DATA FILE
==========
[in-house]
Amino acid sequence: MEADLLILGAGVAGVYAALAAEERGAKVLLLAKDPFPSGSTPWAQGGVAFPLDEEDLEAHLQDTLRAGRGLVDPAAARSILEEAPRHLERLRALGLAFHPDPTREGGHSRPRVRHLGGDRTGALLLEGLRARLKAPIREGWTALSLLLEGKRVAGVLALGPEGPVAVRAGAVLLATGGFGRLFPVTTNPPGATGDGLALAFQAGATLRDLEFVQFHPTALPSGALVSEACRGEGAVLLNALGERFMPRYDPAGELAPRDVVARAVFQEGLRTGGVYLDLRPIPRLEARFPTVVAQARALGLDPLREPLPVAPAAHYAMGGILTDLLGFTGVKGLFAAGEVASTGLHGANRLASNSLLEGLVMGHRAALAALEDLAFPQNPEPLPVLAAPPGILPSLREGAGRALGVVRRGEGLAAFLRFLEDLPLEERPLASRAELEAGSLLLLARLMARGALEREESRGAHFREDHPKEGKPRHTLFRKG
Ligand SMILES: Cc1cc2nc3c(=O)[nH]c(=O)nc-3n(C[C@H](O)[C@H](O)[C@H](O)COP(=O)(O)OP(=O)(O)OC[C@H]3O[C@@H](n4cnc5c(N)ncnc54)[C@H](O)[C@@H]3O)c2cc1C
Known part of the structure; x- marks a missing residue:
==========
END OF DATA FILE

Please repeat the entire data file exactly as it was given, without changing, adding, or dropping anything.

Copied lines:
[in-house]
Amino acid sequence: MEADLLILGAGVAGVYAALAAEERGAKVLLLAKDPFPSGSTPWAQGGVAFPLDEEDLEAHLQDTLRAGRGLVDPAAARSILEEAPRHLERLRALGLAFHPDPTREGGHSRPRVRHLGGDRTGALLLEGLRARLKAPIREGWTALSLLLEGKRVAGVLALGPEGPVAVRAGAVLLATGGFGRLFPVTTNPPGATGDGLALAFQAGATLRDLEFVQFHPTALPSGALVSEACRGEGAVLLNALGERFMPRYDPAGELAPRDVVARAVFQEGLRTGGVYLDLRPIPRLEARFPTVVAQARALGLDPLREPLPVAPAAHYAMGGILTDLLGFTGVKGLFAAGEVASTGLHGANRLASNSLLEGLVMGHRAALAALEDLAFPQNPEPLPVLAAPPGILPSLREGAGRALGVVRRGEGLAAFLRFLEDLPLEERPLASRAELEAGSLLLLARLMARGALEREESRGAHFREDHPKEGKPRHTLFRKG
Ligand SMILES: Cc1cc2nc3c(=O)[nH]c(=O)nc-3n(C[C@H](O)[C@H](O)[C@H](O)COP(=O)(O)OP(=O)(O)OC[C@H]3O[C@@H](n4cnc5c(N)ncnc54)[C@H](O)[C@@H]3O)c2cc1C
Known part of the structure; x- marks a missing residue: